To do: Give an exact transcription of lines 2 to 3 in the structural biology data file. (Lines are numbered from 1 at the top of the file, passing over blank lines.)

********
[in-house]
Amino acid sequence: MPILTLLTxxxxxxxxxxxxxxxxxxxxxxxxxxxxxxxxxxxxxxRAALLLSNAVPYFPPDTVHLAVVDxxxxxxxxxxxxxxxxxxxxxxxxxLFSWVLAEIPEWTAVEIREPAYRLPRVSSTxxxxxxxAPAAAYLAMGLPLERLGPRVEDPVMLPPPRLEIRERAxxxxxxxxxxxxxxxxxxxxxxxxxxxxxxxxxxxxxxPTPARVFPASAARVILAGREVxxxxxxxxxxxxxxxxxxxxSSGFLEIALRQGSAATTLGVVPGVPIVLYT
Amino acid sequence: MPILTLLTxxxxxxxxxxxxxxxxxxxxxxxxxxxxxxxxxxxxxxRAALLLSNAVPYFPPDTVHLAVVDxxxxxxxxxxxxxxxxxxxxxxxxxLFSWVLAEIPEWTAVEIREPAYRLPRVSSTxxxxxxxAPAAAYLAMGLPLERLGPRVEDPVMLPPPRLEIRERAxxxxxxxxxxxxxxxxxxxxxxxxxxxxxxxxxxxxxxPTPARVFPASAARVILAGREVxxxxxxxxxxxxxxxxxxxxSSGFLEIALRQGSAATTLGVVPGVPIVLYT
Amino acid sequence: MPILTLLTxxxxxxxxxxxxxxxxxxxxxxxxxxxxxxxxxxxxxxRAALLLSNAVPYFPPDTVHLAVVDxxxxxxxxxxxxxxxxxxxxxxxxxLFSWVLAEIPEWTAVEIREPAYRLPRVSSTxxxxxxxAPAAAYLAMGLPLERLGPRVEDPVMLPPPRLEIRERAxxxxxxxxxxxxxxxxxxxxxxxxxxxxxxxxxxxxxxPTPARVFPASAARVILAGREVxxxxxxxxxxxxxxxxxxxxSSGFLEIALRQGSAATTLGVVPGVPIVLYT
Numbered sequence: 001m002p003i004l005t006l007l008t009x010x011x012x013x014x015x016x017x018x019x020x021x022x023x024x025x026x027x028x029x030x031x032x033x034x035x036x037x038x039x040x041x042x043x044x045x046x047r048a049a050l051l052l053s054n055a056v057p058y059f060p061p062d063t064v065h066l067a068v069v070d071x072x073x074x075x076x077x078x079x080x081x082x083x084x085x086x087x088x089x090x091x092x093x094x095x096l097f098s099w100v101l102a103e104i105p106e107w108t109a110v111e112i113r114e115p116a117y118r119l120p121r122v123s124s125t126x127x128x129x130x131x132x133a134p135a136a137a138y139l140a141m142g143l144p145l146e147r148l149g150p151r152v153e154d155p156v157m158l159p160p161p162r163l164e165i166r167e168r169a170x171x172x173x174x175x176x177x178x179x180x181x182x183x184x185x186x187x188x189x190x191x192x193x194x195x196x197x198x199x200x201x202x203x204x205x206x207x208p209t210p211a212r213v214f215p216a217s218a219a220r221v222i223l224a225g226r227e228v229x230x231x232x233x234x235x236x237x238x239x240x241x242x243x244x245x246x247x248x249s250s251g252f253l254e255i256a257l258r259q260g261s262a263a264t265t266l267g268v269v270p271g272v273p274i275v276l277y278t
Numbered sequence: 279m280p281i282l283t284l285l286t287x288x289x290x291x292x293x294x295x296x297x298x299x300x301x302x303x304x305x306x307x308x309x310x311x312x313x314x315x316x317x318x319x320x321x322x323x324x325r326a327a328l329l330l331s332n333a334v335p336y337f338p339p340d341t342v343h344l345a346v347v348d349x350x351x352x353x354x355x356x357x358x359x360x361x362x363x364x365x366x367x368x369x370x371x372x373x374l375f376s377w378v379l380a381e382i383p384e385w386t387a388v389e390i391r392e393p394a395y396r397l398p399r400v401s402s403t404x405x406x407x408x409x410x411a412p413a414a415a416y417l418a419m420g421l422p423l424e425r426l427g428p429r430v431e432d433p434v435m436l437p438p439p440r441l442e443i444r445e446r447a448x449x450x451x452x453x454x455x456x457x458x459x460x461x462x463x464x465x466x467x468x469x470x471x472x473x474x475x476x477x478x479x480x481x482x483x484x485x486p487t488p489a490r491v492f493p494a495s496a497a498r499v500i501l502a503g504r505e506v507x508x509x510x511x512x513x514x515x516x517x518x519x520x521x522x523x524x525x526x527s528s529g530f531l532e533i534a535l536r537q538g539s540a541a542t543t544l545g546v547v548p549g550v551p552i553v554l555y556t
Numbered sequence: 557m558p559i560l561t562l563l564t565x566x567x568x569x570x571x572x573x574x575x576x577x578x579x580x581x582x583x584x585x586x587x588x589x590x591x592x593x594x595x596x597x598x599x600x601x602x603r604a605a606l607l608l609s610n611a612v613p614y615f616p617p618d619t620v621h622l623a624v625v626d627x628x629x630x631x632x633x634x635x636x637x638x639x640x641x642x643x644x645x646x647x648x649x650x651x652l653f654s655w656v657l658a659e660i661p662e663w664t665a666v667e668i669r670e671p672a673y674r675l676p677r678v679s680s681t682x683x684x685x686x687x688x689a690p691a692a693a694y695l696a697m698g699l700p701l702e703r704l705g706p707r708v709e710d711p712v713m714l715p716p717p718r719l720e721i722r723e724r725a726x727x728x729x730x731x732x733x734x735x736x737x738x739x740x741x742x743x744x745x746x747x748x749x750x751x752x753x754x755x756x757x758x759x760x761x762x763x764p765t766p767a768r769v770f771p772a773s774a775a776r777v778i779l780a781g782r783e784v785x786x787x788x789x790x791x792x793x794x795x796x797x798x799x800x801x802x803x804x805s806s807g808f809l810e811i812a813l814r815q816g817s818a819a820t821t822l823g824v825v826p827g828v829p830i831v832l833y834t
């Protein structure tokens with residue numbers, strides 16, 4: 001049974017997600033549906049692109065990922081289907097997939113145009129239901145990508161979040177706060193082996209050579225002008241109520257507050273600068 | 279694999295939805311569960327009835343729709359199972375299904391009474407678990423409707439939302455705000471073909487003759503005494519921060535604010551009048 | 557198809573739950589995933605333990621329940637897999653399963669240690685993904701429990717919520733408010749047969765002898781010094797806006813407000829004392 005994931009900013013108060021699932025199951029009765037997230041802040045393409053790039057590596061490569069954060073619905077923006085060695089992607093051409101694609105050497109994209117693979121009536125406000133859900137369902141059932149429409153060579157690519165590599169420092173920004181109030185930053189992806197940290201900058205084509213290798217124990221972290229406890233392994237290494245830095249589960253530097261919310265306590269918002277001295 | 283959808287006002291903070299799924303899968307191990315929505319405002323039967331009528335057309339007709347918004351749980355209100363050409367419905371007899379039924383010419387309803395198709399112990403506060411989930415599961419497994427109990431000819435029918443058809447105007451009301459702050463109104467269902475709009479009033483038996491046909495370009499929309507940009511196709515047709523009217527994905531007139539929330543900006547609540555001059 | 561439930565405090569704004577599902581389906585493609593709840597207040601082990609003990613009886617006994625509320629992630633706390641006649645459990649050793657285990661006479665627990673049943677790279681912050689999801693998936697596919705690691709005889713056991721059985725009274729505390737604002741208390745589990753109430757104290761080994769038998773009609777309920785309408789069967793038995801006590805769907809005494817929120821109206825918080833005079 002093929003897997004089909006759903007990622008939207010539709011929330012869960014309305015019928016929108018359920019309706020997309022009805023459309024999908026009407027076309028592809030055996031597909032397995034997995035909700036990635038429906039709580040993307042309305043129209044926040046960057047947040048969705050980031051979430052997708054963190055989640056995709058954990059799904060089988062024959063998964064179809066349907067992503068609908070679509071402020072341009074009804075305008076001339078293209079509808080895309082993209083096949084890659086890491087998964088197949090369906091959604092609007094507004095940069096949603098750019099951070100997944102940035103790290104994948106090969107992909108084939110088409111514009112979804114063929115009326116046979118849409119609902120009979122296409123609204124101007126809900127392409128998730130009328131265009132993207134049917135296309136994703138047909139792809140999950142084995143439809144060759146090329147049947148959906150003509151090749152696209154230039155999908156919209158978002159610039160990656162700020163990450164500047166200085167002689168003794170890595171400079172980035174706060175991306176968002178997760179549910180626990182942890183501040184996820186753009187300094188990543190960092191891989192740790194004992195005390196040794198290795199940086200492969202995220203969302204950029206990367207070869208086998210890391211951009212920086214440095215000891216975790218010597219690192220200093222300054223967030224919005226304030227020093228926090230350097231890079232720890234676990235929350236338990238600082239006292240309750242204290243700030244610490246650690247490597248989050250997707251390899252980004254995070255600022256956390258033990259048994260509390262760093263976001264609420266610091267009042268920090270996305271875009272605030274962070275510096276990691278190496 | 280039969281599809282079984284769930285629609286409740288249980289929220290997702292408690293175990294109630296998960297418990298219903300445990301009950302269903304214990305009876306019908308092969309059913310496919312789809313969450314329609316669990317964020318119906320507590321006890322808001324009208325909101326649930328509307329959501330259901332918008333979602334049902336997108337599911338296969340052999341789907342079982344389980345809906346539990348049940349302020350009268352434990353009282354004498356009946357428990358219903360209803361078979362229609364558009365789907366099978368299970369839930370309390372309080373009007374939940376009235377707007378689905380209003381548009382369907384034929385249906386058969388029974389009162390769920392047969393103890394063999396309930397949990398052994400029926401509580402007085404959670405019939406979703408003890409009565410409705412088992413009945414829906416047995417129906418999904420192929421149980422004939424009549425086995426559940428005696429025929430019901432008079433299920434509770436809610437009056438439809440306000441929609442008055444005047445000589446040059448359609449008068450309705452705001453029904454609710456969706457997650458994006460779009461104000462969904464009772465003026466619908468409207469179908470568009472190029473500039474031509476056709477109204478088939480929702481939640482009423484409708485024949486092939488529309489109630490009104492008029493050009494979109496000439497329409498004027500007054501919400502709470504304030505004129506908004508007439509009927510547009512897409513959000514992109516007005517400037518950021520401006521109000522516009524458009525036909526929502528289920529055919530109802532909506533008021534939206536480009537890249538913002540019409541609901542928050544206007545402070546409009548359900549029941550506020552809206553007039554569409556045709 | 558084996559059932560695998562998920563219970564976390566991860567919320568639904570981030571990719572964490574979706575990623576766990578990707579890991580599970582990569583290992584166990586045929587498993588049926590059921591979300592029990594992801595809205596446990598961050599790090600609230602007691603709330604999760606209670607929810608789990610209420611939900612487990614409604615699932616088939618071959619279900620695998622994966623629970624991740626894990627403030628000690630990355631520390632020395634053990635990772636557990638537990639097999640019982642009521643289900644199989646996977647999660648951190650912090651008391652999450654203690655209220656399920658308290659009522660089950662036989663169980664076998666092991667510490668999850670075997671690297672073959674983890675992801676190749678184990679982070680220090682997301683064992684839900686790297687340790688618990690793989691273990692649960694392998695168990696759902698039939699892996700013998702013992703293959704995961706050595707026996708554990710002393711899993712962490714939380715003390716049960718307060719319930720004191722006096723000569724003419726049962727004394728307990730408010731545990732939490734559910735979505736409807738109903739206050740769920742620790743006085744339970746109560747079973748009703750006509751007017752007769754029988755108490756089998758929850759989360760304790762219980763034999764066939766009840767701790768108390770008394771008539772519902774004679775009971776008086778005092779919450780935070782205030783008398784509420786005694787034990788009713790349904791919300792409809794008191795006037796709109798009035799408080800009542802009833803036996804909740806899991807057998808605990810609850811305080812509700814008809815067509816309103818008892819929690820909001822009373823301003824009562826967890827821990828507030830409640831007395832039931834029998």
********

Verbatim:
Amino acid sequence: MPILTLLTxxxxxxxxxxxxxxxxxxxxxxxxxxxxxxxxxxxxxxRAALLLSNAVPYFPPDTVHLAVVDxxxxxxxxxxxxxxxxxxxxxxxxxLFSWVLAEIPEWTAVEIREPAYRLPRVSSTxxxxxxxAPAAAYLAMGLPLERLGPRVEDPVMLPPPRLEIRERAxxxxxxxxxxxxxxxxxxxxxxxxxxxxxxxxxxxxxxPTPARVFPASAARVILAGREVxxxxxxxxxxxxxxxxxxxxSSGFLEIALRQGSAATTLGVVPGVPIVLYT
Amino acid sequence: MPILTLLTxxxxxxxxxxxxxxxxxxxxxxxxxxxxxxxxxxxxxxRAALLLSNAVPYFPPDTVHLAVVDxxxxxxxxxxxxxxxxxxxxxxxxxLFSWVLAEIPEWTAVEIREPAYRLPRVSSTxxxxxxxAPAAAYLAMGLPLERLGPRVEDPVMLPPPRLEIRERAxxxxxxxxxxxxxxxxxxxxxxxxxxxxxxxxxxxxxxPTPARVFPASAARVILAGREVxxxxxxxxxxxxxxxxxxxxSSGFLEIALRQGSAATTLGVVPGVPIVLYT